A method to infer time of observation at US Cooperative Observer Network stations using model analyses

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Abstract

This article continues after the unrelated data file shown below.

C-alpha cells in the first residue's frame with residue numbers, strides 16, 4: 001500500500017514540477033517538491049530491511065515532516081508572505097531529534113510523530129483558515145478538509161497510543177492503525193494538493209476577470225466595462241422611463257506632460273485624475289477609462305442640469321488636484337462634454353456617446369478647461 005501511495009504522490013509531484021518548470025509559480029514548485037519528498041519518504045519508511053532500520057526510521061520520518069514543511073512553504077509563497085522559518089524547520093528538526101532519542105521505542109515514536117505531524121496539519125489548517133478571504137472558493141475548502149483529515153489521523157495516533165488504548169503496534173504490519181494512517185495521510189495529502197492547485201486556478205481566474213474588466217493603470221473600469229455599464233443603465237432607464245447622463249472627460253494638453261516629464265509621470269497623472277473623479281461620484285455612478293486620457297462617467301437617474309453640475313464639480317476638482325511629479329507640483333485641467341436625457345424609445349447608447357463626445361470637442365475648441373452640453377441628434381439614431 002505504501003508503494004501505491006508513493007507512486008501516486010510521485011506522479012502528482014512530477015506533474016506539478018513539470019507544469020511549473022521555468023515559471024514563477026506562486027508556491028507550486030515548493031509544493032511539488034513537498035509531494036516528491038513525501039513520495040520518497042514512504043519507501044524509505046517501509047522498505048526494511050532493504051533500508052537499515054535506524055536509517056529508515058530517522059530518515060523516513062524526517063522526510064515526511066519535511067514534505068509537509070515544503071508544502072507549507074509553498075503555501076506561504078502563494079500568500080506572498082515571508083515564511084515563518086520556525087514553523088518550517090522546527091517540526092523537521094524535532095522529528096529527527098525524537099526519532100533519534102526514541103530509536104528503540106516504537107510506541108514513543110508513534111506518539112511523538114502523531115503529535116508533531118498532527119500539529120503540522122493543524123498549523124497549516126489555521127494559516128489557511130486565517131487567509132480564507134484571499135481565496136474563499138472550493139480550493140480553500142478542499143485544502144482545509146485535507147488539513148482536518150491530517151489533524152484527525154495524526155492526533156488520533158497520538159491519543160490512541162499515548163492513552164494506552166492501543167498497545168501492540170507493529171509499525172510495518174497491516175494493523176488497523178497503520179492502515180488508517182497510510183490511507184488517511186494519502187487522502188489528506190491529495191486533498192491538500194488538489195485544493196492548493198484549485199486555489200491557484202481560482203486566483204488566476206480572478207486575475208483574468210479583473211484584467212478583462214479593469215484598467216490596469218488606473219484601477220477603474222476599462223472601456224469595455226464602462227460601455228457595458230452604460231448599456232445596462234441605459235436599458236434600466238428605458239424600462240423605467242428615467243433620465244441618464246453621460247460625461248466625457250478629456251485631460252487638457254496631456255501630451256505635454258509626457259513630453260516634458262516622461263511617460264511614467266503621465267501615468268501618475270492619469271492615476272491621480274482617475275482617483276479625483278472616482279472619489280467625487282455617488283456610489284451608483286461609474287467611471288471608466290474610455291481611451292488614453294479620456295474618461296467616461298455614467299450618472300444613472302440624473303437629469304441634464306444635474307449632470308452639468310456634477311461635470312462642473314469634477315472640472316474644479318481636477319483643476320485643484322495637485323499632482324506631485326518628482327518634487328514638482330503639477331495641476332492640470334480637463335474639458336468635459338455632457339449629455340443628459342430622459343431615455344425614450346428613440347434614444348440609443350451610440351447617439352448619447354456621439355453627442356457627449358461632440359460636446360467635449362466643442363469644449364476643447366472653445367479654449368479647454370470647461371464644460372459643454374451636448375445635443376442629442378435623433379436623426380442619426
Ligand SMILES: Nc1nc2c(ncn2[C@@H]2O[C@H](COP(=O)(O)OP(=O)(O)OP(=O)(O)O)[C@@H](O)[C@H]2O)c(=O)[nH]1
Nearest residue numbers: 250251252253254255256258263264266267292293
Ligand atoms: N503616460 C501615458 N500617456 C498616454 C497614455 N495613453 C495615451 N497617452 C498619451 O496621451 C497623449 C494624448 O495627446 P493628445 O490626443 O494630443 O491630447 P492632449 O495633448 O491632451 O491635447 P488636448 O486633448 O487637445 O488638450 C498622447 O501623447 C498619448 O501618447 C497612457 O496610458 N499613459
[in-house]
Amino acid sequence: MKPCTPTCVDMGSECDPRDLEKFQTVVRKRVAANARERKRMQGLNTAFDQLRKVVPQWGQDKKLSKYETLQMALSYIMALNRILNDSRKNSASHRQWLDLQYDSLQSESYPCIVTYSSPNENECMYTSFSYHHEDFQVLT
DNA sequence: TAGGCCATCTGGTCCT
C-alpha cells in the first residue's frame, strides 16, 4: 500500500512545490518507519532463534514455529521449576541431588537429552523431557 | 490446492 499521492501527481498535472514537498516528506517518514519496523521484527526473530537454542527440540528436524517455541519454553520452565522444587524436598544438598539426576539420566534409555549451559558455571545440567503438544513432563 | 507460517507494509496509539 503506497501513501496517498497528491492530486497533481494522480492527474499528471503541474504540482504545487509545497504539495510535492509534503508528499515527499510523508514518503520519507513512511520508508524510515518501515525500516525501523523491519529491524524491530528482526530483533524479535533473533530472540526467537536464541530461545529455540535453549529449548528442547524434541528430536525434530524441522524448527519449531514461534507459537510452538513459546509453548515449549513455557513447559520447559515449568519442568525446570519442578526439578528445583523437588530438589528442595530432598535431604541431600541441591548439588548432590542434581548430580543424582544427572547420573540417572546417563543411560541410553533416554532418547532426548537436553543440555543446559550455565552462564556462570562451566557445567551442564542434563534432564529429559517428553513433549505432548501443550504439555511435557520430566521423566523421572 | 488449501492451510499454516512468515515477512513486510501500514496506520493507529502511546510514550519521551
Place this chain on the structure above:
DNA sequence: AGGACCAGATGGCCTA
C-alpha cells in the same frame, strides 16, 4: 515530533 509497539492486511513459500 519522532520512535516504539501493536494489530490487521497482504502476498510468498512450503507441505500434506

A method to estimate the time of observation employed at US Cooperative Observer Network stations has been developed using rapid update cycle model analyses. This method uses the day-to-day variability in model temperature biases to estimate observation schedules on a time scale of weeks, making it ideal for use in ‘real-time’ applications. Observation time estimates from a two-category system (morning and ‘non-morning’) and three-category system (morning, afternoon and midnight) were both evaluated. The performance of the two-category system was compared with existing techniques that employ this system on monthly time scales. The results were comparable, showing dependence on season and climatological characteristics, but reveal an ability to reach high levels of accuracy (>90% of stations have observation schedules correctly estimated) over similar time periods (10–50 days). To our knowledge, the evaluation of three-category estimation performance for the time scales investigated has not been documented. Accuracy remained high for morning and midnight stations (>90%), and decreased for stations with afternoon observation schedules (85–65%). Additionally, the three-category estimation technique was extended to four categories in order to identify observers who shift temperature records temporally. The accuracy of detecting shifted records within the context of the four-category estimation technique was comparable to the performance of the three-category system, with shifted observations correctly identified more than 75% of the time in most cases. Copyright © 2005 Royal Meteorological Society

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